Oakland Athletics pitcher Tanner Roark (60) starts against the New York Yankees at the Oakland Coliseum on August 22, 2019 in Oakland, California. Chris Victorio | Special for S.F. Examiner.

Oakland Athletics sweep Yankees as Tanner Roark deals

A’s have now won six of their last seven against two of the top teams in the American League

OAKLAND — While the New York Yankees were eerily quiet at the July 31 trade deadline, the Oakland Athletics made perhaps two of the most impactful trades of the year in their acquisitions of starters Homer Bailey and Tanner Roark, both of whom factored into a late-August sweep of the junior circuit leaders.

On Thursday night, it was the latter that suffocated the league’s top scoring offense, paving the way to a 5-3 A’s victory that finished off a sweep of the Yankees – a team that entered the three-game series in Oakland with the best record in baseball.

Including the sweep, the A’s (74-53) – a season-high 21 games above .500 – have taken six of their last seven games against the Yankees and Houston Astros, a stretch that has not only vaulted them into the first AL wild card spot but also demonstrated that Oakland can contend with the AL top dogs.

“We’re not in this to slip in the wild card and play a wild card game,” said Mark Canha, who hit a two-run single in the first. “We’re in this to win the World Series.”

Both the Yankees and Astros are likely first-round opponents for the A’s should they qualify for and win the wild card game and, in the past week, Oakland outscored the two teams by a total score of 36-25.

What proved the difference in the A’s series against New York was starting pitching, widely regarded as the difference-maker in the postseason. In the first two games of the three-game set against New York, Bailey and Mike Fiers comfortably outperformed their counterparts, while the Oakland bats toyed with a mediocre Yankees rotation.

Roark threw 95 pitches over 6 1/3 two-run innings on Thursday, turning in his most efficient outing since joining the team at the trade deadline.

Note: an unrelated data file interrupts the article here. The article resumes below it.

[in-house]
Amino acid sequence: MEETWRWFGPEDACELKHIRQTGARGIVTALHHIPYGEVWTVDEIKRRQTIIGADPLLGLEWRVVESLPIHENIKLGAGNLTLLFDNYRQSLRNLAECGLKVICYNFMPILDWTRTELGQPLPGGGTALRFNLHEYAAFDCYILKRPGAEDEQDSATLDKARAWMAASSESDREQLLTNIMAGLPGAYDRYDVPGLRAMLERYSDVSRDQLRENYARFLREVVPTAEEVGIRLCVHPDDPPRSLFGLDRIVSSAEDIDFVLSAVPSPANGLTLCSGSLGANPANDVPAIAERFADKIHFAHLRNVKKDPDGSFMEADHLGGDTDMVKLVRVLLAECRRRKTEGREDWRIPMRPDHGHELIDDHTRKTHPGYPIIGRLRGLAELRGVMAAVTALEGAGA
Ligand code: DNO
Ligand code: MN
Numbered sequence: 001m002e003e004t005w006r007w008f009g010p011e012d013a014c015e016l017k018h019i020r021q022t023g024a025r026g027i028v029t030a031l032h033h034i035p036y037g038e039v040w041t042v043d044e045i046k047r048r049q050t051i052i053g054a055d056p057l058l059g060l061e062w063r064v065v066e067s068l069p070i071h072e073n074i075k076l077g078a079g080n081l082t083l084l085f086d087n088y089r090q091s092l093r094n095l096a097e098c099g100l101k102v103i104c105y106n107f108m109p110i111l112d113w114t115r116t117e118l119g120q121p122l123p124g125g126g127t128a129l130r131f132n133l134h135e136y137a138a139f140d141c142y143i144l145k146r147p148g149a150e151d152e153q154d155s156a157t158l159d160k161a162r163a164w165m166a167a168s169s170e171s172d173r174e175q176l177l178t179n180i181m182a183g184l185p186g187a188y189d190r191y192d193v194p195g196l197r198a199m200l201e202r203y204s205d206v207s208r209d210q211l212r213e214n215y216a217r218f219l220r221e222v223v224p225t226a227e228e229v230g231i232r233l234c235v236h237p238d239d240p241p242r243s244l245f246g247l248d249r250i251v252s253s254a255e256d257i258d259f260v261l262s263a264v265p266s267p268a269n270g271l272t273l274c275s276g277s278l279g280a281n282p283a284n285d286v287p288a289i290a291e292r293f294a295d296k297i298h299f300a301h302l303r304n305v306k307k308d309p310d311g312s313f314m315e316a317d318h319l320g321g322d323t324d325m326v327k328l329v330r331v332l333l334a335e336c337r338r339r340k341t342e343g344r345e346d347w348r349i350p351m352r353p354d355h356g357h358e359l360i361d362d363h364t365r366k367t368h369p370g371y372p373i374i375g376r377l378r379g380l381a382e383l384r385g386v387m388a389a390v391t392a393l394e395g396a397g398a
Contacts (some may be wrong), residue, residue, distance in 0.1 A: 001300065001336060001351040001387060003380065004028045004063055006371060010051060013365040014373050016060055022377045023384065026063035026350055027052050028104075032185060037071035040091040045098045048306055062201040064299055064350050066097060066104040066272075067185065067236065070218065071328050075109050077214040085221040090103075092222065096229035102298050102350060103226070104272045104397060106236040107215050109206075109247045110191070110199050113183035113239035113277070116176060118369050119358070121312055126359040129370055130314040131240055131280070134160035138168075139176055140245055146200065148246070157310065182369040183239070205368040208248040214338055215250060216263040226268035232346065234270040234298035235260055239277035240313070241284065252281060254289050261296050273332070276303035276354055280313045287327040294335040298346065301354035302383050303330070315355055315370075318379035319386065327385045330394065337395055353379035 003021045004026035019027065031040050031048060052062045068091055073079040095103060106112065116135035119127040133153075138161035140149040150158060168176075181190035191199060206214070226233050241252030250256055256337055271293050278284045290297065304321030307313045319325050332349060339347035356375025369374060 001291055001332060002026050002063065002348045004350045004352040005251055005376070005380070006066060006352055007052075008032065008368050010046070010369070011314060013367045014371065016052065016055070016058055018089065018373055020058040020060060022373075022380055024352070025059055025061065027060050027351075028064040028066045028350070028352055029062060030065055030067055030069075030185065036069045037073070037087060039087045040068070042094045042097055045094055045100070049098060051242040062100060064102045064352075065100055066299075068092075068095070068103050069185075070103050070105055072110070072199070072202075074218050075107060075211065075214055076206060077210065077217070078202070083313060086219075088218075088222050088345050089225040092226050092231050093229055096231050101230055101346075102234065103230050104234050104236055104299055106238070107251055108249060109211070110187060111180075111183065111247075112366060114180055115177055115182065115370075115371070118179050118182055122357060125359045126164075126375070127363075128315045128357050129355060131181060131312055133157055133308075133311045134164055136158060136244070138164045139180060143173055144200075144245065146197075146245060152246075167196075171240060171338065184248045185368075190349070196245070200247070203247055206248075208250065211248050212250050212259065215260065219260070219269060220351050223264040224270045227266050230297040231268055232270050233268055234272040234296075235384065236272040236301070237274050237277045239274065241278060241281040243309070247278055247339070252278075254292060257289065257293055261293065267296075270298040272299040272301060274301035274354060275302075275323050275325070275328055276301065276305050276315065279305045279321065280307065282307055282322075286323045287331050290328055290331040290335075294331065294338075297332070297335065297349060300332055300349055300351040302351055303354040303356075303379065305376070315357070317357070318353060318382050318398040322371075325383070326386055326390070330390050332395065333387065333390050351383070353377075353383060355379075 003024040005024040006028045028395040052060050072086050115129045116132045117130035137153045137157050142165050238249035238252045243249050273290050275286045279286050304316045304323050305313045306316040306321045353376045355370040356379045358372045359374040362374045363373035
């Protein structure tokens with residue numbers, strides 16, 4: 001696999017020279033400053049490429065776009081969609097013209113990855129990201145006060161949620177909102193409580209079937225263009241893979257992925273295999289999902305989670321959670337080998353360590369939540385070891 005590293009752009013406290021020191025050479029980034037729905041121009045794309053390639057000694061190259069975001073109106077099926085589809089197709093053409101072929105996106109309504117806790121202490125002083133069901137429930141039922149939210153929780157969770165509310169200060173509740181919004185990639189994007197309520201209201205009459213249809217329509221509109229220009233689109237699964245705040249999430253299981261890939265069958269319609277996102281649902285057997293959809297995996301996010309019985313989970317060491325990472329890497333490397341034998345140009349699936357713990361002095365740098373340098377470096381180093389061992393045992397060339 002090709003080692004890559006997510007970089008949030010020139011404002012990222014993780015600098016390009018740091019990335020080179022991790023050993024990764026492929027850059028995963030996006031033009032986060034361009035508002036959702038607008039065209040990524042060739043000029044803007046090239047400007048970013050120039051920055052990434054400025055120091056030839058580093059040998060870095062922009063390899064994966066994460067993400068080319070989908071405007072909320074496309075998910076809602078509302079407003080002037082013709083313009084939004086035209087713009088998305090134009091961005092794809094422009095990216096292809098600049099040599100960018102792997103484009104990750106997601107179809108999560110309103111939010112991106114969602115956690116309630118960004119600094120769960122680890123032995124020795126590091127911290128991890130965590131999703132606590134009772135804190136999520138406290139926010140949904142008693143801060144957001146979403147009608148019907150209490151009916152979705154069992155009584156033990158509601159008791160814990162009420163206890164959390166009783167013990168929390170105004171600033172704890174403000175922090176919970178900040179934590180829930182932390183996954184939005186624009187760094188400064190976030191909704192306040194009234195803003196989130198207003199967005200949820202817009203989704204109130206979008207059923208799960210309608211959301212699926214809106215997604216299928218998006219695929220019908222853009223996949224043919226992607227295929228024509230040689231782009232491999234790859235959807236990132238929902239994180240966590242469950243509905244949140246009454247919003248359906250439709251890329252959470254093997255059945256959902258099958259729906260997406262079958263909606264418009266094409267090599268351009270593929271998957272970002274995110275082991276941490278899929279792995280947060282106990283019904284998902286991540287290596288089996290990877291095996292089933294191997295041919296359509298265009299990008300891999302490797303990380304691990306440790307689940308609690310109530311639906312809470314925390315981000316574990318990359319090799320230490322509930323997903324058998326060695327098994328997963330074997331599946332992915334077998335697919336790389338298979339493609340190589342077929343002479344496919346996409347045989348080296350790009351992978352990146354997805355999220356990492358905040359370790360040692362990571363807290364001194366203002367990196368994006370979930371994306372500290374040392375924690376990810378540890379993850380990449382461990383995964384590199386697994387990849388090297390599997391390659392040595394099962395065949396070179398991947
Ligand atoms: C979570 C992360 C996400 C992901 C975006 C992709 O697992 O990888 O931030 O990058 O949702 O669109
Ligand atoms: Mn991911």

By giving his team length, Roark added to his game the one element he has been missing throughout the 2019 season. Though he registered a 2.55 ERA over his first 17 2/3 innings with Oakland, Roark entered the game with the highest pitches per inning average among qualified starters at 18.2.

“What I think I do well is challenging guys,” Roark said. “Just attack in and out, up and down. Keep them on their toes.”

His performance against the Yankees was his third straight quality start – a drastic shift for a pitcher who had made just four quality starts in 21 outings with the Nationals – making the Oakland front office look more and more prudent with every passing start.

“He relies on his fastball and he locates it,” said manager Bob Melvin. “You locate your fastball, especially in our ballpark, you’re going to have a lot of success.”

Meanwhile, the A’s offense battered Masahiro Tanaka early and often, scoring three runs in the first and two more in the third.

A leadoff double for Marcus Semien followed by a pair of walks loaded the bases with nobody out. Semien scampered in on an RBI groundout by Matt Olson in the next at-bat and Canha – 10-for-24 in his last six games – extended his hitting streak to seven games with his two-run single to add to the scoring.

The A’s repeated the feat – bases loaded with no outs – again in the third and scored two more runs on a Matt Chapman RBI single and a Stephen Piscotty groundout.

Tanaka would settled down in his next three innings, but to no avail, as the trio of Jake Diekman – another deadline acquisition – Lou Trivino and Joakim Soria covered the final 2 2/3 innings, ceding only one more run, a two-out homer to Gleyber Torres in the ninth.

Trivino has now allowed just two earned runs over his last 6 1/3 innings in five appearances, striking out six. Getting him back to his rookie form would be effectively yet another late-season add, as he was among baseball’s best setup men in 2018.

“We know we’re playing good baseball right now,” Canha said. “I think we can beat anybody.”

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